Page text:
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Gisele Fetterman Says the Right-Wing Hates Women

Gisele Fetterman, wife of Pennsylvania Senator-elect John Fetterman, is calling out conservative media for their personal attacks against her.

Gisele Barreto Fetterman is saying that misogyny among conservatives has fueled online attacks against her following her husband's Senatorial election .

Ever since Pennsylvania’s lieutenant governor John Fetterman was elected as the state's Senate representative, Gisele Fetterman shared she's received a barrage of hate from right-wing media. In an interview with The New Republic Magazine, Fetterman condemned conservative's focus on her.

“The right-wing hates women," Fetterman said. “They especially hate strong women, and I think that’s what you’re seeing."

Ever since her husband's stroke in May, Fetterman has acted as his spokesperson, an act of kindness she believes she is being targeted for. Media attention was exacerbated after a tight race against TV celebrity Dr. Mehmet Oz, a Republican backed by Trump. When Democrats flipped the seat, the focus turned to their family.

Fox News host Jesse Watters has previously called Fetterman “quite calculating” and implied she intends to switch jobs with her husband. Fetterman directly blamed conservative media attention as the cause of personal attacks online.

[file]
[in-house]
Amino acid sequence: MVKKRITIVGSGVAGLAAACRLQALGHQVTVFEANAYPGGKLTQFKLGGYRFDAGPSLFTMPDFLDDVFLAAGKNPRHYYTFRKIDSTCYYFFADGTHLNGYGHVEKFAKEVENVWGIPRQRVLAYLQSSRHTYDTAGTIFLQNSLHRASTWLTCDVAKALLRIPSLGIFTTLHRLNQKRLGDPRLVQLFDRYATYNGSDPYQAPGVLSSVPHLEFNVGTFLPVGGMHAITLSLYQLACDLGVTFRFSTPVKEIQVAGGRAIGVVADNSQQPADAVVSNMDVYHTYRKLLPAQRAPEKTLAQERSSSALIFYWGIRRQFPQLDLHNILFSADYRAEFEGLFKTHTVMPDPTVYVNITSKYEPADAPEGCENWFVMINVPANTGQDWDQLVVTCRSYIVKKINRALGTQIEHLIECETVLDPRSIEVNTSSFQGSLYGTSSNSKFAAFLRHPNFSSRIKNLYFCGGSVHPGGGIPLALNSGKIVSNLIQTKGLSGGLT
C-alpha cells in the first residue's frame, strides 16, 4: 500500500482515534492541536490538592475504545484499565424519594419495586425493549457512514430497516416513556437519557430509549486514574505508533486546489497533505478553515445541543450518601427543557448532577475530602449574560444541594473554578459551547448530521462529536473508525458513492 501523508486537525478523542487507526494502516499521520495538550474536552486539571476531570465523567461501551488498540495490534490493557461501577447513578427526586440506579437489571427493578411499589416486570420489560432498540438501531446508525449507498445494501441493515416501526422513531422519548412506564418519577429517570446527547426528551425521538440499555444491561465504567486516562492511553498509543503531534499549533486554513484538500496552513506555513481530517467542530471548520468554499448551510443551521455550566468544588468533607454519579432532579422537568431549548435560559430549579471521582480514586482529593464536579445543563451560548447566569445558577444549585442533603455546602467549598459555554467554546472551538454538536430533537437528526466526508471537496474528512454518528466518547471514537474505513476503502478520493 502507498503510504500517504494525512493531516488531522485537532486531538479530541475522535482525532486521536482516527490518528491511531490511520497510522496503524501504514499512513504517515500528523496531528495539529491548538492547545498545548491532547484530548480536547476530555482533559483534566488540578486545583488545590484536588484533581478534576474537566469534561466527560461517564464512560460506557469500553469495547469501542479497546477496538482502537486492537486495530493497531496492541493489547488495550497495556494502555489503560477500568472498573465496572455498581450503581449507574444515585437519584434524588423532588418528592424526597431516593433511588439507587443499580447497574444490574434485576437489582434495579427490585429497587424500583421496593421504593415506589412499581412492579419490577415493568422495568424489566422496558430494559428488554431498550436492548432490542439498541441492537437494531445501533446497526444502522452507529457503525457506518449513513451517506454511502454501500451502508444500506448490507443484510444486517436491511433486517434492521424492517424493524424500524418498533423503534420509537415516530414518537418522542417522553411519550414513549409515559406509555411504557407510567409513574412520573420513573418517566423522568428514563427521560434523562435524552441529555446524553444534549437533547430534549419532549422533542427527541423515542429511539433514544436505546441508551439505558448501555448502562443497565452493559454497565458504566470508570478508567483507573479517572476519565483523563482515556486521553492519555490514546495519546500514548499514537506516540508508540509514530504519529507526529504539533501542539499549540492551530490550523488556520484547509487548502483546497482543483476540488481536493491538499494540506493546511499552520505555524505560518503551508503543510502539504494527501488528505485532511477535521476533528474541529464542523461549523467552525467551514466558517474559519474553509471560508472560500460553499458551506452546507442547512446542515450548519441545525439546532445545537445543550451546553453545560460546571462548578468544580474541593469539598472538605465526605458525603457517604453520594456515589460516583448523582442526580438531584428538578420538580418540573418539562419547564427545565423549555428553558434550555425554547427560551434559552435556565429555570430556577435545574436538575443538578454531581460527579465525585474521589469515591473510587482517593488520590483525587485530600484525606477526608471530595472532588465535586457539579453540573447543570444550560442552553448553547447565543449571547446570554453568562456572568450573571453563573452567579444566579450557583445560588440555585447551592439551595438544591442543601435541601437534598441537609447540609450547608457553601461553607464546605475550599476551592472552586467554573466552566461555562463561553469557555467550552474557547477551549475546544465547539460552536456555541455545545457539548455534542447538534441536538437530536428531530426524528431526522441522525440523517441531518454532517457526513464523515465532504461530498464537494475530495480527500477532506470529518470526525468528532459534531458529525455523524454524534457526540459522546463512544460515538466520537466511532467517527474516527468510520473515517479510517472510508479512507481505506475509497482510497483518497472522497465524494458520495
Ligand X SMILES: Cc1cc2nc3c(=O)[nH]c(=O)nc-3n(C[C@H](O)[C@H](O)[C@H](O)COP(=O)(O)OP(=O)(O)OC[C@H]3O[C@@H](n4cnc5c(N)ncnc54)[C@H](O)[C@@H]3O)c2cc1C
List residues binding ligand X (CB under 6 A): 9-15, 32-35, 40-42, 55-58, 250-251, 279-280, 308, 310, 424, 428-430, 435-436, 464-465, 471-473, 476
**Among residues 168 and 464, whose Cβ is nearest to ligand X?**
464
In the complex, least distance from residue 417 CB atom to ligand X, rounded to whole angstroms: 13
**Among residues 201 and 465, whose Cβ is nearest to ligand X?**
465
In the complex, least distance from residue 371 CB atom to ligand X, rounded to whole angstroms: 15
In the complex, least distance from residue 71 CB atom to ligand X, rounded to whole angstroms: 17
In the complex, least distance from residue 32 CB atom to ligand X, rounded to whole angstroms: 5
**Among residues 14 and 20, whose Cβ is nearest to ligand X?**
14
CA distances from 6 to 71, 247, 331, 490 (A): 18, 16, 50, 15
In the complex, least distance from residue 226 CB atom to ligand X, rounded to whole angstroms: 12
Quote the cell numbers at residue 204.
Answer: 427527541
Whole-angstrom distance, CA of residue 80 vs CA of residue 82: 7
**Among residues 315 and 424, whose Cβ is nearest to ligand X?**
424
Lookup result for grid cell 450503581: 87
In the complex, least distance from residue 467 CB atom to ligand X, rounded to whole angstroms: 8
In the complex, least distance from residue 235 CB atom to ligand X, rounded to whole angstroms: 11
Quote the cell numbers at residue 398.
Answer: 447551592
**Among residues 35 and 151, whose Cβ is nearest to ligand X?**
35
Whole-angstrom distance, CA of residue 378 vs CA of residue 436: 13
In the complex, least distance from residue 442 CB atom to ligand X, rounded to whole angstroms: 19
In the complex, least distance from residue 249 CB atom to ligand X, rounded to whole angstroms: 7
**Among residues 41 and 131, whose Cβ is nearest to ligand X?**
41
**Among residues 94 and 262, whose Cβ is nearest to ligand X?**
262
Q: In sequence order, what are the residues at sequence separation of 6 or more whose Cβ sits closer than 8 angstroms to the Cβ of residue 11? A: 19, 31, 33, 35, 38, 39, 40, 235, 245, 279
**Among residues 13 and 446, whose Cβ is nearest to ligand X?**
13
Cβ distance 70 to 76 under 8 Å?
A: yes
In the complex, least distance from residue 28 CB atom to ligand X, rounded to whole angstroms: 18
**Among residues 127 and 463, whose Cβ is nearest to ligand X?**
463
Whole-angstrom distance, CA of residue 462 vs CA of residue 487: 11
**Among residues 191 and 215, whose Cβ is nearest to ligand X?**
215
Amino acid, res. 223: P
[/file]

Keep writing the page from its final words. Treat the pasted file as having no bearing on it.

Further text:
“Since entering the Capitol for training, my inbox has been completely filled with threats and horrible things," Fetterman shared. "And that’s because I’ve been a nonstop loop on Fox News."

Fetterman said it will "hopefully" not be this way forever, and that "hopefully it’s not like this for the next young Latina or person of color or spouse who enters this space.”

When asked by New Republic for her response to Fetterman's slander, Latina congresswoman Alexandria Ocasio-Cortez said that the Democratic Party needs to stand with her.

“I think that it’s very important that she doesn’t have to handle that by herself and on her own," Ocasio-Cortez said. "It’s very important that the party sticks up for people. They haven’t done a good job in the past."

In the almost two years since the January 6 attack on the United States capitol, nearly 10,000 threats have been directed at congressional members. Since 2017, violent threats against lawmakers have more than doubled.

Fetterman added: “The fact that a spouse of a senator-elect has been attacked nonstop for the past twenty four hours and everyone’s OK with it and everyone thinks it’s normal. It’s not normal."

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